I was going to call this post: "Marrying Outside your Culture", but I was not sure whether I had or not. For people my age (and younger – ahem) marriage seems to be the biggest personal issue to contend with. Add this to the very cosmopolitan places many of my fellow blogging sisters live in and marrying outside of your, or your parents’, culture seems to be a growing trend.
I met my husband on a trip to Pakistan (I was originally introduced to his tall, handsome, but mean cousin and had said no). The story of how we met and how I came to my decision is definitely one I will treasure forever and after a two-year engagement during which I completed my degree, we had a joyful, raucous, chaotic Pakistani wedding.
I think it is testament to my husbands mature thinking, deep-down goodness and patience maashaa’Allah, that eight years later we are still together when the marriages of more couples we know have broken down than survived. My husband’s first job was in a warehouse where almost the entire staff was Asian and the biggest chunk Pakistani men who had married British-Pakistani women. My husband was struck by the way the majority of these men were complaining about how they thought their lives would be better after these marriages but were in fact nightmares. They had to kowtow to their in-laws and they felt their wives were unable to respect them and they to understand their wives. One described himself as like a dog in his in-laws house. Others complained they were not allowed to send money home (not even £20 to a sister for her wedding in one case).
I can sympathise with these men to an extent, but I can also see things from the other point of view. How many young girls growing up with the Hollywood/Bollywood ideal of a man or growing up in a big cosmopolitan city is then stuck with some poorly educated small-town cousin who struggles to find work in the local take-away (so much for visions of the be-suited, Lexus-driving lawyer or accountant). How do their parents ever expect such marriages to work, are they really so blind?
Even when both parties do make the effort and as in our case the affection is genuine, you have to get over the cultural losses within such a marriage. Anyone in a mixed-marriage might recognise what I mean. My husband cannot see the point of Lord of the Rings, Star Wars or Dr Who (which I love all of). He would miss a thousand childhood references that inform my life as a person who has grown up in London. In contrast, although my parents tried to give me a strong grounding in Pakistani/Punjabi language and culture, I miss a lot of cultural references that hold meaning for him. In Pakistan the most romantic night of the year is Chaand Raat, the night before Eid-ul-Fitr. Our first Eid together, I painted my hands with henna and promptly fell asleep, whilst hubby sat up and sulked that I hadn’t made any effort at all.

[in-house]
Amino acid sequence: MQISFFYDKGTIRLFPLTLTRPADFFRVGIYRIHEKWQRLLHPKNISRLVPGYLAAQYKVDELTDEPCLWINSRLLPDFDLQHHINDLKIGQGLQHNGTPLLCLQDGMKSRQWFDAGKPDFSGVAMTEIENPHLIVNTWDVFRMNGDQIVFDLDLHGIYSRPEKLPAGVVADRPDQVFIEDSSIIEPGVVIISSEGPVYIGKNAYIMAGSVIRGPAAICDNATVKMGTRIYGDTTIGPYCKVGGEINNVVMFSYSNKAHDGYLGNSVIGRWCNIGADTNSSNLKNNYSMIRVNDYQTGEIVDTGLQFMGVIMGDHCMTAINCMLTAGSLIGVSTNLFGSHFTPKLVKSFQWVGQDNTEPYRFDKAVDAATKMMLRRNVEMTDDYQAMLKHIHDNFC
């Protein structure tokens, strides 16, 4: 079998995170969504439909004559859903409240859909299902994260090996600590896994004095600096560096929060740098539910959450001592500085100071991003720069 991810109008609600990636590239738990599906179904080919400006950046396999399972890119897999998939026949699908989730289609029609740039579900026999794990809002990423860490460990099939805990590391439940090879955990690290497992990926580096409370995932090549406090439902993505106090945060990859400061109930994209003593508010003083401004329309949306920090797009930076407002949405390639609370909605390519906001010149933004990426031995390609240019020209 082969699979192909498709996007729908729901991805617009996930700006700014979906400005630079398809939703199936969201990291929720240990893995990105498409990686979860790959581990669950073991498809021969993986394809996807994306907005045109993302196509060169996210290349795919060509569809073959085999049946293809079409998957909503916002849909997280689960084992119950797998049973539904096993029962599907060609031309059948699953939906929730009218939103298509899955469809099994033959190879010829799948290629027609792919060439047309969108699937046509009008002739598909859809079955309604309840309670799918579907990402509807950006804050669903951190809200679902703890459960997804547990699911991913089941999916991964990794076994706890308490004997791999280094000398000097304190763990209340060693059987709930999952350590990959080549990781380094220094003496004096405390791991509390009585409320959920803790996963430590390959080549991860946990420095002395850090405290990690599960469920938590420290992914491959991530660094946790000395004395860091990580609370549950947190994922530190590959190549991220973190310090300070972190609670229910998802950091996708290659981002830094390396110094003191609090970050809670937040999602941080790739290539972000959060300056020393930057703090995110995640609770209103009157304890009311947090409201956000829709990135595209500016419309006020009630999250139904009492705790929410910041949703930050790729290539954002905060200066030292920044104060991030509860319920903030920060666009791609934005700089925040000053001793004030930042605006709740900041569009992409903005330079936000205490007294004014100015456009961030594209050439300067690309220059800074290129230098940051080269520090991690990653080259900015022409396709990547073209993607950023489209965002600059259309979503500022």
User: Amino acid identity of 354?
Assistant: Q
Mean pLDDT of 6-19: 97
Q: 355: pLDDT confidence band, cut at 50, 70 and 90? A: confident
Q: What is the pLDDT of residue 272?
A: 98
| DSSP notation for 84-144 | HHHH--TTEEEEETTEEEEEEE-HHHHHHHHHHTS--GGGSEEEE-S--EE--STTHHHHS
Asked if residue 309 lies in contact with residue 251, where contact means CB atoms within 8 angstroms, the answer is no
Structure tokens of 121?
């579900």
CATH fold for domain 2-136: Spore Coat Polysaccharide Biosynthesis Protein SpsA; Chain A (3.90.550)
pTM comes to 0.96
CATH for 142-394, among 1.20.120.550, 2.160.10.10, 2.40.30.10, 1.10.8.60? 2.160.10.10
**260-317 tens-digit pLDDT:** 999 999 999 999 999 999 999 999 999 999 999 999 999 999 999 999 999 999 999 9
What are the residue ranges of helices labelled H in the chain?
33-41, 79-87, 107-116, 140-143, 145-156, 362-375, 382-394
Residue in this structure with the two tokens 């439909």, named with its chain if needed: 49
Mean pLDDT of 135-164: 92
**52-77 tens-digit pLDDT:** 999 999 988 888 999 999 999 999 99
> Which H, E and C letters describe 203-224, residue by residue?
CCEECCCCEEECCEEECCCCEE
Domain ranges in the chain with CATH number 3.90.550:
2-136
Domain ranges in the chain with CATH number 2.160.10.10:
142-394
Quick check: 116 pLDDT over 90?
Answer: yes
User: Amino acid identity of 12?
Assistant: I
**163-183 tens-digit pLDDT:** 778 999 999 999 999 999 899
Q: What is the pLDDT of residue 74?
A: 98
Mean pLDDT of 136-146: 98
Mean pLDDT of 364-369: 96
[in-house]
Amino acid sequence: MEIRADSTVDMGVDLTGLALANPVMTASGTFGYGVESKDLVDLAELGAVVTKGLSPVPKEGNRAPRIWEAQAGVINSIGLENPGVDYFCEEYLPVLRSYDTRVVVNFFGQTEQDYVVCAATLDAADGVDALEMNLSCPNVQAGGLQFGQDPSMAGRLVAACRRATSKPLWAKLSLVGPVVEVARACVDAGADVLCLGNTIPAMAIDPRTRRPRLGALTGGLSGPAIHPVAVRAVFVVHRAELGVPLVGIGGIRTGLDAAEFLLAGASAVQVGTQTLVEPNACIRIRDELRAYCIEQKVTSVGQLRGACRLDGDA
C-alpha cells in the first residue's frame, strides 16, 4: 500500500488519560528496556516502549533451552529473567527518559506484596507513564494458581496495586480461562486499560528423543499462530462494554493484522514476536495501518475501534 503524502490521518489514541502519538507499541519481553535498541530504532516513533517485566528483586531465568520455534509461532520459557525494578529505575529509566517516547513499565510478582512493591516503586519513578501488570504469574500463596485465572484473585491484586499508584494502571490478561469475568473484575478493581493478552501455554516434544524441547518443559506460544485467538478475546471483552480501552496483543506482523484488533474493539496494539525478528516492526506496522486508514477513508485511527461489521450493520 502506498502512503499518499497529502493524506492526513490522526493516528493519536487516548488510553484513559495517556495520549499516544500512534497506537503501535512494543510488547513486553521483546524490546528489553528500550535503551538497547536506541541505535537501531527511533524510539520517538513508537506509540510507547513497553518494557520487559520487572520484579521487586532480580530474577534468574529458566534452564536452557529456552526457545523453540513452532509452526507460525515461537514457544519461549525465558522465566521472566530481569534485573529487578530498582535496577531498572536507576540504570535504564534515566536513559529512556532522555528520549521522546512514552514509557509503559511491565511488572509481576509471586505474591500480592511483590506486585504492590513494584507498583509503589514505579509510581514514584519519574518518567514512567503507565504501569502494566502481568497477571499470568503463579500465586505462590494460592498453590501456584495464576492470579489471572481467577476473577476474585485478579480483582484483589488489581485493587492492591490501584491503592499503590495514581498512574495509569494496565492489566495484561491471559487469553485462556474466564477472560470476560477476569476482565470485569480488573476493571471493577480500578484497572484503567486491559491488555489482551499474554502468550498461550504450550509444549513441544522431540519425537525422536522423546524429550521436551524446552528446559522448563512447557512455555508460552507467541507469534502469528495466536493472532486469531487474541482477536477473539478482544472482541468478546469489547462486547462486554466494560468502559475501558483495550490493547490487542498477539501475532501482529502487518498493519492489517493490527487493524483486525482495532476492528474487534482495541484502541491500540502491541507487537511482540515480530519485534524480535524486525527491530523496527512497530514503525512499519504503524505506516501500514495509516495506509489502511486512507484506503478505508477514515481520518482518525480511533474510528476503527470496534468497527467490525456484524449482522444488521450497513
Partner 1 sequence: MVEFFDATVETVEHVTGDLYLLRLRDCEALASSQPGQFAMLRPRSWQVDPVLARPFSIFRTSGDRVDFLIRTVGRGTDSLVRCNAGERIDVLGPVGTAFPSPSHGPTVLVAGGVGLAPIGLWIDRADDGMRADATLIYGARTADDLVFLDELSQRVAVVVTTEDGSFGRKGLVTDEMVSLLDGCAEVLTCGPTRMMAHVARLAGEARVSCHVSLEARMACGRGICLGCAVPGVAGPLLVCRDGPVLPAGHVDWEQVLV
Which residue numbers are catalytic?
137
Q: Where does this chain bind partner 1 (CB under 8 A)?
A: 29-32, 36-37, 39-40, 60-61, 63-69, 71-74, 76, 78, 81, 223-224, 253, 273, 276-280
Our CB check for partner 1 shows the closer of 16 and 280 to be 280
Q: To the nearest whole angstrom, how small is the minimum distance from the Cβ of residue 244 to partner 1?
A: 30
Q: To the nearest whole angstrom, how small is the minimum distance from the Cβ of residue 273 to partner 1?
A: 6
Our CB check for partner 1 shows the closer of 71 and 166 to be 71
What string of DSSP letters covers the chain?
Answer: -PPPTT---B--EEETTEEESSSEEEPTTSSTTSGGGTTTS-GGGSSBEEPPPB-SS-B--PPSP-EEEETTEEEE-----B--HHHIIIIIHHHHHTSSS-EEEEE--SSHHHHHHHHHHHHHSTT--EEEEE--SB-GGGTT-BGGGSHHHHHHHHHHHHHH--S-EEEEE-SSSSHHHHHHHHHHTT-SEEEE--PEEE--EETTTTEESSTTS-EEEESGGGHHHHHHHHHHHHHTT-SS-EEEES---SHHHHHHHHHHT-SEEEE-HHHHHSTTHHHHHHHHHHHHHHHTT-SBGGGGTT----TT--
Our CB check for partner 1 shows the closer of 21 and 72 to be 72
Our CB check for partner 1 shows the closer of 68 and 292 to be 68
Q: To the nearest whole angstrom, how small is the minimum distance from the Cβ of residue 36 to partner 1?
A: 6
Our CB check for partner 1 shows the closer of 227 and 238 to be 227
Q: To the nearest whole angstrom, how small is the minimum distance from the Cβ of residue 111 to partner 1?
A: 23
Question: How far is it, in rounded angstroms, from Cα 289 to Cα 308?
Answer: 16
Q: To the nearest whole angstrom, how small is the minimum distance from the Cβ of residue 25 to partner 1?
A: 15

I think that for a long time this was the thing that I found hardest. Although we shared language and faith, our culture had been very different and our culture shapes who we are and often what we aspire to. Probably our saving grace was Islaam. Regardless of our culture, it guided us in so many ways and that meant that we aspired to the same things and had similar values.
The other thing that helped is that no matter how different your culture, marriage has its own language, its own history and a home has its own culture. After a few years this language is the one that takes precedence between you (if you are not sure about what kind of language this is, think about the times you know what the other is thinking, or when they say one thing, but you know what they really mean – “What would you like for Eid?” “Oh…nothing…”).
For us the most important thing was sincerity. So many people only marry abroad because they cannot find anyone here, or they want someone they can control easily. So many people are keen to marry an English girl or an American/Aussie/Canadian girl for the opportunity to go abroad and earn enough to send bucket-loads of cash home without any thought for the person they are using. Parents need to be aware of this and check their intentions as do their children. I married my husband because it didn’t take long to see that he was such a good person and could not do enough for others (even at his own risk).
He married me because he said he never saw me not smiling and he didn’t want a whinging misery for a wife (too late now mate!!)